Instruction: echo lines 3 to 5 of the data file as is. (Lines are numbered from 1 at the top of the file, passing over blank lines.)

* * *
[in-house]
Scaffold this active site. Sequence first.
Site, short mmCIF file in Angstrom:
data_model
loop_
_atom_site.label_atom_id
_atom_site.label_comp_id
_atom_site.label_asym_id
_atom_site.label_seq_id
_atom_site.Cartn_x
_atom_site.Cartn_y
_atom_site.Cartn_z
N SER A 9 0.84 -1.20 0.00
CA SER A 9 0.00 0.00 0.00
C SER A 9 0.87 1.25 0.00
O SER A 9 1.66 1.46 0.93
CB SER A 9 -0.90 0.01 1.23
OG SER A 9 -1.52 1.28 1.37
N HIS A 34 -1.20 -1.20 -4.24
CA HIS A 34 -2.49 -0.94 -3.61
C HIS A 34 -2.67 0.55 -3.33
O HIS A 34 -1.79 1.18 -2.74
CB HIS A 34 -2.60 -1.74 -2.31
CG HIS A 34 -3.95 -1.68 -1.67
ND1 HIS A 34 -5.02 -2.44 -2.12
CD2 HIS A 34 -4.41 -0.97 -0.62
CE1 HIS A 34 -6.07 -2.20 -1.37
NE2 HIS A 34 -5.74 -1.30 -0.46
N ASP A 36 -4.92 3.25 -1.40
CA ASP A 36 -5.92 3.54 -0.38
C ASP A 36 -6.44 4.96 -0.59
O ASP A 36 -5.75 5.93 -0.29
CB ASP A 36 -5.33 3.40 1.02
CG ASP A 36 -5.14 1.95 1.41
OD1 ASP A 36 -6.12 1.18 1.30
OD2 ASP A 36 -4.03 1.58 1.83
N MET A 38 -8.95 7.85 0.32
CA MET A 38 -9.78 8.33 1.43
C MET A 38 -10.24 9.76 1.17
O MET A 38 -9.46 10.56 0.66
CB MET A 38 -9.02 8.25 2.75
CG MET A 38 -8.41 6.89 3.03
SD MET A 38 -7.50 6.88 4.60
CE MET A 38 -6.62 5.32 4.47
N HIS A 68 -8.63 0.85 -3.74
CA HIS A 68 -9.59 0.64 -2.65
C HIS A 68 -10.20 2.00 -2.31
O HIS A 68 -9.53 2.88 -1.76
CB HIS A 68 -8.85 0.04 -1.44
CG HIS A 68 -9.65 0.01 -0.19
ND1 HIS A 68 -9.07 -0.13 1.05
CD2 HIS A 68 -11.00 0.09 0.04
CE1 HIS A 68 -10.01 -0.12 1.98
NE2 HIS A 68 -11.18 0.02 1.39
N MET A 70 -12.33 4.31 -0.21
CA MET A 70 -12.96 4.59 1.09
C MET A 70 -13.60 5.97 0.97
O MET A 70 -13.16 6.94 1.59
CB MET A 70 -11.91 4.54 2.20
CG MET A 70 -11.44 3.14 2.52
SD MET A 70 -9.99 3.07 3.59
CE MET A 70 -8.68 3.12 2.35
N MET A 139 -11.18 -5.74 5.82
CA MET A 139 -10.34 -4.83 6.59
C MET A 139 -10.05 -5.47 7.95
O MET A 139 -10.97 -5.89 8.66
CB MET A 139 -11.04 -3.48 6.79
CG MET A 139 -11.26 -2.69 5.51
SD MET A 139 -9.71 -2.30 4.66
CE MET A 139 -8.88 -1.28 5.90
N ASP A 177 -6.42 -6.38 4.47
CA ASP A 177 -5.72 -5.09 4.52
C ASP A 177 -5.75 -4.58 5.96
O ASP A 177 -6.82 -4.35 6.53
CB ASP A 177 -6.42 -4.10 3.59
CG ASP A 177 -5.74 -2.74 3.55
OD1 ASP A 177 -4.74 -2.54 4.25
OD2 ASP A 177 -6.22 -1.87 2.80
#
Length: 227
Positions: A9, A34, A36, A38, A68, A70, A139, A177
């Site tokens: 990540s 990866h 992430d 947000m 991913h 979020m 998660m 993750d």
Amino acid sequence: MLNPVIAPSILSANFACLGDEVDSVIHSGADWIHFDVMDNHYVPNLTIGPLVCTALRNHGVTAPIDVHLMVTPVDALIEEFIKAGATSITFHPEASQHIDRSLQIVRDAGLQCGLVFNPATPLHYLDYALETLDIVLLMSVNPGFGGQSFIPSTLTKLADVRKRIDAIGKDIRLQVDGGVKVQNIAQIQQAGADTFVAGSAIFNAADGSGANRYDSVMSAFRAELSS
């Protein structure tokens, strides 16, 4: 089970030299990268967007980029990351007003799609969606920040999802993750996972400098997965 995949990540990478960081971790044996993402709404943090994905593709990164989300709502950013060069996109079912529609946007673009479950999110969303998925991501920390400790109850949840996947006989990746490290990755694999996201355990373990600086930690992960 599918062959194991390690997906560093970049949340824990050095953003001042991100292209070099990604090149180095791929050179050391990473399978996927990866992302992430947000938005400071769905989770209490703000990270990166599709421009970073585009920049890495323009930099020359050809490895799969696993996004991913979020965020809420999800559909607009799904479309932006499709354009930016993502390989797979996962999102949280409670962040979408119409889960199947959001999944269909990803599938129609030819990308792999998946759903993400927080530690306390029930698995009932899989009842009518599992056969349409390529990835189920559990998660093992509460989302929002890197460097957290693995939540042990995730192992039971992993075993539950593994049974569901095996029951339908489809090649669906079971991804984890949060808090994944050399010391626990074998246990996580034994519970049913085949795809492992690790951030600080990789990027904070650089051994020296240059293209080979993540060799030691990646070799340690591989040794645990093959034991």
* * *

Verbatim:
Site, short mmCIF file in Angstrom:
data_model
loop_